-Speaking of Szeth, I really want to know more about this guy. We don't get much about Shin people lately, I'm very interested in their culture and why his family were given the Honorblades.
-I do like how Warbreaker introduced Nightblood but not a single solid fact about where it came from or why it is the way it is. The sword is such a fun character and the moment where it chipped Ishar's Honorblade and freaked everyone out was great.
-I didn't quite understand the bit where Lift was captured in the Tower. I guess the parrot lured her into a trap? At first I thought the guy who stepped out of the shadows was Nale, but was it Mraize? Some other Ghostblood? The way he talked made it sound like he knew Lift, but I didn't get that from the rest of the book.
-Speaking of Lift: Lifelight?? That was a really interesting reveal and then suddenly there's all kinds of new Lights showing up.


The plan is to wait until my brother finishes "Bands of Mourning" (he's like 70 pages off) and then read "Mistborn: Secret History" together.

Agree about Szeth, but we will obviously get our wish soon(ish), seeing as book 5 will have Szeth's flashbacks, as well as obviously being set partly in Shinovar, what with Szeth needing to fulfill his Ideal of Crusade, and Kaladin needing to play supernatural psych to Ishar.

And yes, the Kaladin arc gets tiring. But I assume playing buddy cop with Szeth and helping a mentally unstable herald will be a nice change of pace for him.

We knew some things about Nightblood even before Words of Radiance came out, courtesy of Words of Brandon.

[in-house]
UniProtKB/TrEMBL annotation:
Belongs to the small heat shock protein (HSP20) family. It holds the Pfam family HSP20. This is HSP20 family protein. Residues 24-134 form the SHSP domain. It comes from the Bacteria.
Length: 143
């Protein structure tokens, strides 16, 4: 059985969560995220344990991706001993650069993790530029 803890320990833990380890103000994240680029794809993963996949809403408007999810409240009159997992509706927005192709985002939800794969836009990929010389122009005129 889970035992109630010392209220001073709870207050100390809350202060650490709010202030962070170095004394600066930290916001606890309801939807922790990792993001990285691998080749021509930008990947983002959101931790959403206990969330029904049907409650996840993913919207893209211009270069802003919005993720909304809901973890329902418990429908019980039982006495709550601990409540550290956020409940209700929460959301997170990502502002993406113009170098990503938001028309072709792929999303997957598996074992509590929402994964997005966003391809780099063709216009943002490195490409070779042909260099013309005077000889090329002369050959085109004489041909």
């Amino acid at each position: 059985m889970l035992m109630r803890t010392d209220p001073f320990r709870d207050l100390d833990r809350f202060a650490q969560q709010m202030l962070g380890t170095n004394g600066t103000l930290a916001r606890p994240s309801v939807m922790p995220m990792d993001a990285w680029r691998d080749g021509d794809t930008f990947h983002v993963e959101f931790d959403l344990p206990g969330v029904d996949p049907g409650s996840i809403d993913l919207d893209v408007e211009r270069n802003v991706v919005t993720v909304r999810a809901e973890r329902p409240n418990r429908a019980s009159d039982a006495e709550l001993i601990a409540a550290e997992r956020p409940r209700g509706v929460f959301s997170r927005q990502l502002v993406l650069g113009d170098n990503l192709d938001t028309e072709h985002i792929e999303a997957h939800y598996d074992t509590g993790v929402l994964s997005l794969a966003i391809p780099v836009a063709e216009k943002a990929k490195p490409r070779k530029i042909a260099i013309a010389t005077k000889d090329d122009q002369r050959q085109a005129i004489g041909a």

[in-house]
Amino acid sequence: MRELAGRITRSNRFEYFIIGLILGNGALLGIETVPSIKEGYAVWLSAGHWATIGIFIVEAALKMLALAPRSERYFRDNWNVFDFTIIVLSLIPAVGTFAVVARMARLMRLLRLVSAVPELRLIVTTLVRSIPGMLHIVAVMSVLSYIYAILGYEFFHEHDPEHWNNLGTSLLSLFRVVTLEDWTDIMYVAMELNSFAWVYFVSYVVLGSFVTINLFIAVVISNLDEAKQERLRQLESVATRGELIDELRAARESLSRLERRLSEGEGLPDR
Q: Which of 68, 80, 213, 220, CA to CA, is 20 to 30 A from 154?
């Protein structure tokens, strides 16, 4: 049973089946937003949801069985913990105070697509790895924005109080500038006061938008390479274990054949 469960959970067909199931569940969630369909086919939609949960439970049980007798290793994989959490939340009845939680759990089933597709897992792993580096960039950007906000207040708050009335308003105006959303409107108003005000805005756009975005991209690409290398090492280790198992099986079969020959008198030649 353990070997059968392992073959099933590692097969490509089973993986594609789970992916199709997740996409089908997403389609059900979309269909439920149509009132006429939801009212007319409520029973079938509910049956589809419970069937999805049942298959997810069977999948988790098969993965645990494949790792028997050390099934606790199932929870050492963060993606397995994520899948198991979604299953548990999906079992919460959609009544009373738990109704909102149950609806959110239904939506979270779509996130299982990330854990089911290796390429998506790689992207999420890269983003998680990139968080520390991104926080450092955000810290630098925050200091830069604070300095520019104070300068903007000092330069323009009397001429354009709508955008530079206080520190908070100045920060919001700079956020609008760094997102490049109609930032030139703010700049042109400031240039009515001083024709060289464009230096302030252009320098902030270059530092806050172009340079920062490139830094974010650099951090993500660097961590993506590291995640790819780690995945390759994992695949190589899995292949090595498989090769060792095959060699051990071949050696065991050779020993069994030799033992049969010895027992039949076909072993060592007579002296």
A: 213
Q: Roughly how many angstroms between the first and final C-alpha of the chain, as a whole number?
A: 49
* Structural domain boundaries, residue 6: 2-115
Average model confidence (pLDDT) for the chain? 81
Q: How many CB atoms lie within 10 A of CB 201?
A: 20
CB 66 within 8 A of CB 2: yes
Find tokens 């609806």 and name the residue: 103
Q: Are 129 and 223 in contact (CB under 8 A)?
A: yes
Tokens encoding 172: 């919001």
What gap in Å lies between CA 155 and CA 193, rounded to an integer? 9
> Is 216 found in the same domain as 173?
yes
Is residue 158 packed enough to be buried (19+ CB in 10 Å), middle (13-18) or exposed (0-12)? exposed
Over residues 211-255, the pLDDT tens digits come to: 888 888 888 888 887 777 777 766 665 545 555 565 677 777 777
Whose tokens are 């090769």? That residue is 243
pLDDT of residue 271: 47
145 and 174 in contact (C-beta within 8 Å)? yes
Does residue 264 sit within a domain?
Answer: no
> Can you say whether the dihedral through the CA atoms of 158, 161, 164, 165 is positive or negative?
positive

It's only very general info, but don't read the next bit if you don't like spoilers from out-of-text material: The Five Scholars at some point visited Roshar. Vasher and Shashara were inspired by shardblades when they created Nightblood.

And please, please, please come back to the thread when you've read Secret History. It's actually surprisingly important to understand stuff in the Stormlight Archive books, too.

Louisgod
Sep 25, 2003

Always Watching

Bread Liar

I'm roughly ~15% through Rhythm of War and I'm having a hell of a time getting hooked to it, which is unfortunate given the incredible ending of Oathbringer. Not to say it's bad so far, it started out strong and seems to be dragging out sections that should be much shorter.


-The first three books seemed to treat time as a precious commodity, so the one year time jump was pretty jolting. Not to say it wasn't good, but later the singers complain the humans have outpaced them specific to technology, so they sat back and let the humans take a whole year to build a radiant army AND a huge flying battleship? Maybe they didn't have the large number of Fused during that time as they do now? Not sure.
-Shallan is sooooooooo boring. I appreciate Sanderson taking on a thing like multiple personalities but given Stormlight loves to throw TONS of characters at you, it's really tough to keep up with them. Radiant is a non-entity, what purpose does she serve? Veil I get but Radiant, to me, is indistinguishable from Shallan.
-The exposition seems especially thick so far, specifically with the singers. Maybe that's because we're learning of things through the eyes of Venli, but it still seems forced.
-Yes, we get it, Kaladin is immeasurably sad, depressed and suffering from PTSD. Laboring on this fact for pages upon pages upon pages tends to get old when everything around him has changed so much and acting as more of curiosity to the reader than how Kaladin has changed.


I'll definitely power through and know things will become more interesting but man, it's hard to not just speed read through some of these chapters.

DarkHorse
Dec 13, 2006

Vroom Vroom, BEEP BEEP!

Nap Ghost

Speaking as someone with clinical, chronic major depressive disorder, I actually like that Sanderson is sticking with Kaladin's cycling through being a mopey poo poo.